Air New Zealand’s 787: narrower seats pinch in Business Premier

I’ve long been of the opinion that Air New Zealand offers one of the best business class products for an overnight flight — the kind of leg that makes up the majority of the airline’s longhaul services. I find the flip-over seat ideal: after a decent meal, just ask the crew to make it up while you change into PJs, and then flop into a memory foam mattress topper for a fully flat sleep on a surface made for sleeping, not for sitting.

Having examined the refurbished Boeing 777-200ER version of this cabin in April, I’ll be focussing here on the way that the Dreamliner cabin, seats and other #PaxEx features differ from the previous implementations of the Business Premier product.

Let me be clear up front — the lower cabin altitude of the Dreamliner was noticeably wonderful, the LED lighting made me grin with how fantastically cool it was to bathe the entire cabin in purple light on boarding, the foam mattress was as comfortable as ever, and Air NZ’s food and beverage was everything I’ve come to expect from one of my favorite airlines to fly.

But there was a significant difference: the narrower Business Premier seat, driven by the size of the Dreamliner’s cabin. On flights that are approaching the ultra-longhaul stage length, this is a tangible issue.

To the left: the LED-lit Dreamliner seat. To the right: the same product on the refit Boeing 777-200ER. All I’ve done to these images is crop them, improve the lighting, rotate the 777 one slightly, and flip it horizontally for an easier comparison.

Comparing the two seats, it’s clear there is markedly less room on the Dreamliner


With a full cabin and a hectic departure, I didn’t have time to measure the seat, but it is clear that the Dreamliner implementation of this seat gives markedly less room than its previous incarnations on Air New Zealand’s 747 or 777 cabins.

It felt nearly as narrow as the version on Virgin Atlantic’s Airbus A340, and the difference between the two Air NZ seat sizes was very noticeable, particularly at shoulder level. I’d estimate the difference at somewhere around six to eight inches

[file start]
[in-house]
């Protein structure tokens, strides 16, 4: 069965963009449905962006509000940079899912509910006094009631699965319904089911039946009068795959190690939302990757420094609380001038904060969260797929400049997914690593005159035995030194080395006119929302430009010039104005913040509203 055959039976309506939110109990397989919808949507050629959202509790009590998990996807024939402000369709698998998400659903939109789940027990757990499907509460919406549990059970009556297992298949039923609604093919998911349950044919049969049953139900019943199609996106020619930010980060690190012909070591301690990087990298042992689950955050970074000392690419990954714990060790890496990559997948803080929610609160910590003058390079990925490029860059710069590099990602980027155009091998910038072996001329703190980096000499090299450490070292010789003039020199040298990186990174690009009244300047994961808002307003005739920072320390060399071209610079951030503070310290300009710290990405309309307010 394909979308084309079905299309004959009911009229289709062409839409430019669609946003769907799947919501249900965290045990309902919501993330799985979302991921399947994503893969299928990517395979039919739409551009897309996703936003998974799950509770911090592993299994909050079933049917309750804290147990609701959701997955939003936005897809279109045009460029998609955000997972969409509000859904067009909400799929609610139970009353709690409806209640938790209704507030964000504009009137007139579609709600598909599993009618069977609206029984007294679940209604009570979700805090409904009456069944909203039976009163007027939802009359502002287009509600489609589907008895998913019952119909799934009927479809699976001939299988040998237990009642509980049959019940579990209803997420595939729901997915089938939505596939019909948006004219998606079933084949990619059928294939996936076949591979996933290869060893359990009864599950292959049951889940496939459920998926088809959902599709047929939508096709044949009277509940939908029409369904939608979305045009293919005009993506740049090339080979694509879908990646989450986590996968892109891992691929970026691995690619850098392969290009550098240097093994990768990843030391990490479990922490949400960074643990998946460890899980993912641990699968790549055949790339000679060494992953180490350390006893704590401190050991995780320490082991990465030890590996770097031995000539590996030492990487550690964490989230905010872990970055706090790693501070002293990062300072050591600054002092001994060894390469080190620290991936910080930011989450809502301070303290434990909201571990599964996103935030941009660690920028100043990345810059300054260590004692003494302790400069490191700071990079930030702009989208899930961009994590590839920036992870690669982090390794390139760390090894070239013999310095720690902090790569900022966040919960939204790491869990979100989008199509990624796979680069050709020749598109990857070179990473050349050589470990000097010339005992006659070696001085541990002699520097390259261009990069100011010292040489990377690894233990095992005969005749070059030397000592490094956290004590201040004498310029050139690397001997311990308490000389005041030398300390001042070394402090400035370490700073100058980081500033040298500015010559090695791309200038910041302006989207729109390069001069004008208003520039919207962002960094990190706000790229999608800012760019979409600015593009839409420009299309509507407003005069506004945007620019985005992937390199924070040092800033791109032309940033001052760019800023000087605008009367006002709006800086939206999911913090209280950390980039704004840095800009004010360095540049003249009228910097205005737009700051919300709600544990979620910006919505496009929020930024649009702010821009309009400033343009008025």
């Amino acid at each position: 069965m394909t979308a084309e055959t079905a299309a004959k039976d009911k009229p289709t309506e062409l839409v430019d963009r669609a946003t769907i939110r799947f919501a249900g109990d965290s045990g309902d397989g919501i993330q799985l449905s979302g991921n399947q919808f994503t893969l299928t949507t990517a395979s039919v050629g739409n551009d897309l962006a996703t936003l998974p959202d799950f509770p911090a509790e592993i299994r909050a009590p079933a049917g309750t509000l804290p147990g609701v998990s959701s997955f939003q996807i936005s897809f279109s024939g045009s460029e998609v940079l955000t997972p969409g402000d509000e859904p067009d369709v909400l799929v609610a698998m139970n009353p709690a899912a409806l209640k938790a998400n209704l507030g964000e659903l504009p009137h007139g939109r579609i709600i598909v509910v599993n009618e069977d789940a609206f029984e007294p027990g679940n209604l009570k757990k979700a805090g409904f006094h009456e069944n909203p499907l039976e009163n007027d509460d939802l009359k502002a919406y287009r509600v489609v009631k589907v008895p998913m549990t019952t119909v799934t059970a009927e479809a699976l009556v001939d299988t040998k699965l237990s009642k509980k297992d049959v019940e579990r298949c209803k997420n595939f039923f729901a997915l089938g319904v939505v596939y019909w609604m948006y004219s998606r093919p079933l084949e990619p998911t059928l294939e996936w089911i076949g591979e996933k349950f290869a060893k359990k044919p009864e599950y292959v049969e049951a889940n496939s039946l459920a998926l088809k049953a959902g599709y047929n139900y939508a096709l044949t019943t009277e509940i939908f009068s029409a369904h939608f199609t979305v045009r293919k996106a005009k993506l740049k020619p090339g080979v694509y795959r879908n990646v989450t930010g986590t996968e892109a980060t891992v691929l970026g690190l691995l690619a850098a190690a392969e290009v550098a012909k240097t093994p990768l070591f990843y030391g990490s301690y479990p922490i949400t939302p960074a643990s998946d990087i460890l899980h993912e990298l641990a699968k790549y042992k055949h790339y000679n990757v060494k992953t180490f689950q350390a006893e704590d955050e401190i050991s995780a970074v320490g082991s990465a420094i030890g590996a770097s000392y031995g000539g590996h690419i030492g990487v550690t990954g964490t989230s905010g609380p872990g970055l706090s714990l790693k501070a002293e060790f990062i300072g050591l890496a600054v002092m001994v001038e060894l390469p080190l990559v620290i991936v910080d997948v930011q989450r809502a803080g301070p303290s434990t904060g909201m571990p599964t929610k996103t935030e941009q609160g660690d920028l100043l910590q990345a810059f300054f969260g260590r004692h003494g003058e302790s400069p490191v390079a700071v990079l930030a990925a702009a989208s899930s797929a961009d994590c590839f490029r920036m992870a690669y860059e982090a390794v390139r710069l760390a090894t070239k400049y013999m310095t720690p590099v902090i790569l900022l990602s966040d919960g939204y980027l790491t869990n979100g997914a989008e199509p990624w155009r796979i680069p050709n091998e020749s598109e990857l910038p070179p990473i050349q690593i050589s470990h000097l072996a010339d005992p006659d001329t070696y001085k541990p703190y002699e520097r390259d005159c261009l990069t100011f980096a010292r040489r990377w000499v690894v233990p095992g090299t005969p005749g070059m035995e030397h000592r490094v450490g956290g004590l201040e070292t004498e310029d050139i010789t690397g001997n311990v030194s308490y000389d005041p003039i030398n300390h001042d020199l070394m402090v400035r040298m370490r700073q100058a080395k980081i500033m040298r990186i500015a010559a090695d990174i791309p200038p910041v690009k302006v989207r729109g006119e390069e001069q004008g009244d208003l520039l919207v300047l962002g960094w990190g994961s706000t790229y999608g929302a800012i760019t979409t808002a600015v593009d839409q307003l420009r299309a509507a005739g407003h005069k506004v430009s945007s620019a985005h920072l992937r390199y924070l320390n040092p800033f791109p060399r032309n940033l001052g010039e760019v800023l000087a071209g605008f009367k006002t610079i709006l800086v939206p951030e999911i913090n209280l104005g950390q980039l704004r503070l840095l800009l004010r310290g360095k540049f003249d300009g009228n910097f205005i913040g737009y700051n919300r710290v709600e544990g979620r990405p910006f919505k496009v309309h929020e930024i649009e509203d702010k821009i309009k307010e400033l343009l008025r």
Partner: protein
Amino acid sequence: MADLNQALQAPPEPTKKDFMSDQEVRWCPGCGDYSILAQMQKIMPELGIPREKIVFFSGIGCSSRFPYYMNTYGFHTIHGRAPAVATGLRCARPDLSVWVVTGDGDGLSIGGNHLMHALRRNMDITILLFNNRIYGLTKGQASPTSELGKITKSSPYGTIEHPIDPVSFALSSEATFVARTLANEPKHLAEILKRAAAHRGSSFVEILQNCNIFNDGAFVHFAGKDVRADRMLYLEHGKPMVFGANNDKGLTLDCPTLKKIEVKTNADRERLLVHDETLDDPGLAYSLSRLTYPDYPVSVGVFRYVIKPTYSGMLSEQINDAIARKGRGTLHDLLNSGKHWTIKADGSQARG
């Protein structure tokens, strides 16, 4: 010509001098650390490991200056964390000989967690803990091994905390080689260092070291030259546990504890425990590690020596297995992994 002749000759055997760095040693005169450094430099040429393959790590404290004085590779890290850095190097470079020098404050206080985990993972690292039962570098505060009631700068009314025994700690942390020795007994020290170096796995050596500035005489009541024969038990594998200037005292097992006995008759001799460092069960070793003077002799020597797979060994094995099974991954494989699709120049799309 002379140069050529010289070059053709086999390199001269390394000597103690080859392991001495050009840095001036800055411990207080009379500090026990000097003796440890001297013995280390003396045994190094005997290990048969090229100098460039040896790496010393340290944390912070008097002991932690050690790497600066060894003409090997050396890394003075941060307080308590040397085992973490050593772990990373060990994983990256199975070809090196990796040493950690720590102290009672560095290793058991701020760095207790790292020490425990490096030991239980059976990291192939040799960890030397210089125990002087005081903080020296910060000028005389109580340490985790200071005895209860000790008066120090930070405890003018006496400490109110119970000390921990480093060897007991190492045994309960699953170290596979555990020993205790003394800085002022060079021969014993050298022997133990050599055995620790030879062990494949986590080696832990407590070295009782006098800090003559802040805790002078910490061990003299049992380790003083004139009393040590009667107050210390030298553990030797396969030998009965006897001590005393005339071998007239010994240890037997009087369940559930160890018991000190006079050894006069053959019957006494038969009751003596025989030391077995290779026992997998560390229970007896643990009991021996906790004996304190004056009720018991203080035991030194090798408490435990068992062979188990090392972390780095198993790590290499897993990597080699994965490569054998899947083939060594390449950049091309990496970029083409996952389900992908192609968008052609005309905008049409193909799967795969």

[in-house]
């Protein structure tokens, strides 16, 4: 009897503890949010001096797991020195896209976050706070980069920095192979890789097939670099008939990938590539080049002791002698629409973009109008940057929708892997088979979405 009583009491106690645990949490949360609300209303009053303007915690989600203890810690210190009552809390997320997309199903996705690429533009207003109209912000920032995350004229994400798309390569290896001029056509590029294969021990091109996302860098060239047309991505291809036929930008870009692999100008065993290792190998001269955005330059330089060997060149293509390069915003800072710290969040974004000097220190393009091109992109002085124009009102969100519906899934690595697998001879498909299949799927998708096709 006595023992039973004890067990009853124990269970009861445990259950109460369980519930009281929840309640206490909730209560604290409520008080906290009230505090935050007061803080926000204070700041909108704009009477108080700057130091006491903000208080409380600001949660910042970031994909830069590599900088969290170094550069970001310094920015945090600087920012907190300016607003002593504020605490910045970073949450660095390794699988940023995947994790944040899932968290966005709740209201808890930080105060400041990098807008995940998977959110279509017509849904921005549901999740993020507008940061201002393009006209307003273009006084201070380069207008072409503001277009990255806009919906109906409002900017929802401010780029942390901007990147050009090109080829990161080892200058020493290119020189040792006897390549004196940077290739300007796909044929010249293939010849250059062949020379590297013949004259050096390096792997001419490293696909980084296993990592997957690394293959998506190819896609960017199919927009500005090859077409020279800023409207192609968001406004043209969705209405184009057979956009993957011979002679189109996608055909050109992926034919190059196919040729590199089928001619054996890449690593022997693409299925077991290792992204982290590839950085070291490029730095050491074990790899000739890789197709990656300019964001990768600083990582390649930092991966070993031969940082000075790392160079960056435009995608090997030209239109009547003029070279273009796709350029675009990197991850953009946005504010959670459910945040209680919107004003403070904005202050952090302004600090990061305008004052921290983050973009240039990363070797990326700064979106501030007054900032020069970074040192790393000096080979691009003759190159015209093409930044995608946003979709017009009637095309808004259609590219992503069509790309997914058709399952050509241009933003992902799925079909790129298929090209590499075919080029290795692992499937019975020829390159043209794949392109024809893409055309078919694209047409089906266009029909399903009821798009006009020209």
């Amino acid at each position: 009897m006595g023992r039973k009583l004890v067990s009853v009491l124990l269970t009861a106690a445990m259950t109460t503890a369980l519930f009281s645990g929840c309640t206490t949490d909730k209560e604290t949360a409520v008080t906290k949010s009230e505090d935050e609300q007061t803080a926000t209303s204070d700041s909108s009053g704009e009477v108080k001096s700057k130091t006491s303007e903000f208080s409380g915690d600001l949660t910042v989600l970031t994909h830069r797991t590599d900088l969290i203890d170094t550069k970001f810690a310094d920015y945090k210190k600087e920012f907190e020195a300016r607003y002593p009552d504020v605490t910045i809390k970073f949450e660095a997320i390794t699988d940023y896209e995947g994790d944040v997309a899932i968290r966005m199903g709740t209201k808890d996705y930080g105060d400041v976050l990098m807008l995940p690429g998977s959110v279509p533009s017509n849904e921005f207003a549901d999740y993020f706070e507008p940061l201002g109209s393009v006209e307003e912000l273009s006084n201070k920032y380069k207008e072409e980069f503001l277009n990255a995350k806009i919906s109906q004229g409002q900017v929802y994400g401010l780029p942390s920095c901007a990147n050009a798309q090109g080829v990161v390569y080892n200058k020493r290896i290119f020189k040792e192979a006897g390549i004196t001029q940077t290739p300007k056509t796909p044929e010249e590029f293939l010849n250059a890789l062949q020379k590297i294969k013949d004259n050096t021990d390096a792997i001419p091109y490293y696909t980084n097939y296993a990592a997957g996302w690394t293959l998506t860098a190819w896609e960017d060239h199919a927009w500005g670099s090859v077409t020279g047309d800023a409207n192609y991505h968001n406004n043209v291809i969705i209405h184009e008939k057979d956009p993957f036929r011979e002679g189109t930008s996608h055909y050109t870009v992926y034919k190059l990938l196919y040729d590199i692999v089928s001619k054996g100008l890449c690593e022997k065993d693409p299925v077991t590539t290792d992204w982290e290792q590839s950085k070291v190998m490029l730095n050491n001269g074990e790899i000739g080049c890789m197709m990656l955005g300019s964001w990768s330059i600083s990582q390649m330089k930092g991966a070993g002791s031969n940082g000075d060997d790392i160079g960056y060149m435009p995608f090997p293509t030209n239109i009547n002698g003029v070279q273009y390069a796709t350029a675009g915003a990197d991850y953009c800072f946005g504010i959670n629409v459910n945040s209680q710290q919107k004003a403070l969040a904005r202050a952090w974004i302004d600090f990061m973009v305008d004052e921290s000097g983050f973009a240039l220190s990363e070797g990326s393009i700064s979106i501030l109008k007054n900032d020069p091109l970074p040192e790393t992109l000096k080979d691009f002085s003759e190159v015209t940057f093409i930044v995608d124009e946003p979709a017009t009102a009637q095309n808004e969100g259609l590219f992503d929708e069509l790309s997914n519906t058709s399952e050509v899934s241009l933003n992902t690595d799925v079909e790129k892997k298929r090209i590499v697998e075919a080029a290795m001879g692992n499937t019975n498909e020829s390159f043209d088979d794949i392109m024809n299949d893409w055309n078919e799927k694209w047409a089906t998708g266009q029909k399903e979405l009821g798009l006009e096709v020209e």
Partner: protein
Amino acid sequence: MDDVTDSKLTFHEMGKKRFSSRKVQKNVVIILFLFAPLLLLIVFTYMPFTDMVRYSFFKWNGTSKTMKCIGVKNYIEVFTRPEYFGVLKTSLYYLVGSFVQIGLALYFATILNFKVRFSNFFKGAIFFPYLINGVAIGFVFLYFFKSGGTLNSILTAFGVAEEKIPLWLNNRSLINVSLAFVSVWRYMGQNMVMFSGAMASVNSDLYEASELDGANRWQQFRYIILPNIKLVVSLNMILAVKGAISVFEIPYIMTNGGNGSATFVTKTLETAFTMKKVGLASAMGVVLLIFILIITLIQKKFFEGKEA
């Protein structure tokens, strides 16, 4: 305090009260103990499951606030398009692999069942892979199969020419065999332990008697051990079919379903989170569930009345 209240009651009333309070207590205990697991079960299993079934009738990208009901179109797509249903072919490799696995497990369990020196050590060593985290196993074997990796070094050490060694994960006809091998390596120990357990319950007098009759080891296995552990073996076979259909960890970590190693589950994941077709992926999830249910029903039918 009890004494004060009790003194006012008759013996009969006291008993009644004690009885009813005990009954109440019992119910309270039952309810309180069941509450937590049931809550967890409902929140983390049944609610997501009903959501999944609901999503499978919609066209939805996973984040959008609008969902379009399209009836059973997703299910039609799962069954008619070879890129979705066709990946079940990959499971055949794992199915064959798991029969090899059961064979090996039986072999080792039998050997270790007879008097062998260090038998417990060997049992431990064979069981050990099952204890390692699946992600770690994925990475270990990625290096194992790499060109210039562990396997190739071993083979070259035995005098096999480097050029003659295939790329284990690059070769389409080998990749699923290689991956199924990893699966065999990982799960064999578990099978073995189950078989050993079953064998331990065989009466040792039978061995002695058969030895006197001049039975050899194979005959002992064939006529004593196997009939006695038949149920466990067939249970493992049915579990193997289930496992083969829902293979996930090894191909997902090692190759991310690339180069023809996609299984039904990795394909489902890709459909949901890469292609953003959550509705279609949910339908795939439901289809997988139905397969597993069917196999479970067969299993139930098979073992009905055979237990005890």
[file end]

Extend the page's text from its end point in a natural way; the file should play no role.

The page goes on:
I certainly wasn’t the only person I heard muttering about the fold-down cocktail table being right behind their left shoulder rather than within easy reach.

This affects more than just shoulder room. One of the key benefits of the larger seat for front-sleepers was always to be able to sleep on pillowed arms, with elbows sticking out into the shoulder space once the seat flipped down. That’s no longer possible — I checked. On the plus side, it didn’t feel any shorter in bed mode.

It's still a very private seat with the divider walls, particularly in the A seats

It’s still a very private seat with the divider walls, particularly in the A seats

The narrower seat, and the lack of the shoulder space seat mode, also removes the ability to keep a small handbag, shoulder bag or small personal item next to you during the flight. Previously, you could pop your washbag or the amenity kit to you in case you needed lip balm during the night, or wanted to keep your phone in a bag to stop it from potentially slipping behind the seat. That’s not possible either.

This narrower product is a shame. I’ve always liked it for the kind of twelve hour overnight that is a key part of Air New Zealand’s network. The first time I ever flew Air NZ’s version was a 26-hour direct flight from London on the 777-200ER with a stop in Hong Kong — a flight that itself has fallen by the wayside — which I still talk about as the best ultra-longhaul flight I’ve ever taken in terms of feeling refreshed on arrival.

Even with the reduced cabin altitude of the 787, and the great Kiwi service that is Air New Zealand’s trademark, it’s hard to get past the smaller seat on the Dreamliner.

Comparing Air New Zealand's seatmaps (787 on the left, 777 on the right), the initial differences are clear

Comparing Air New Zealand’s seatmaps (787 on the left, 777 on the right), the initial differences are clear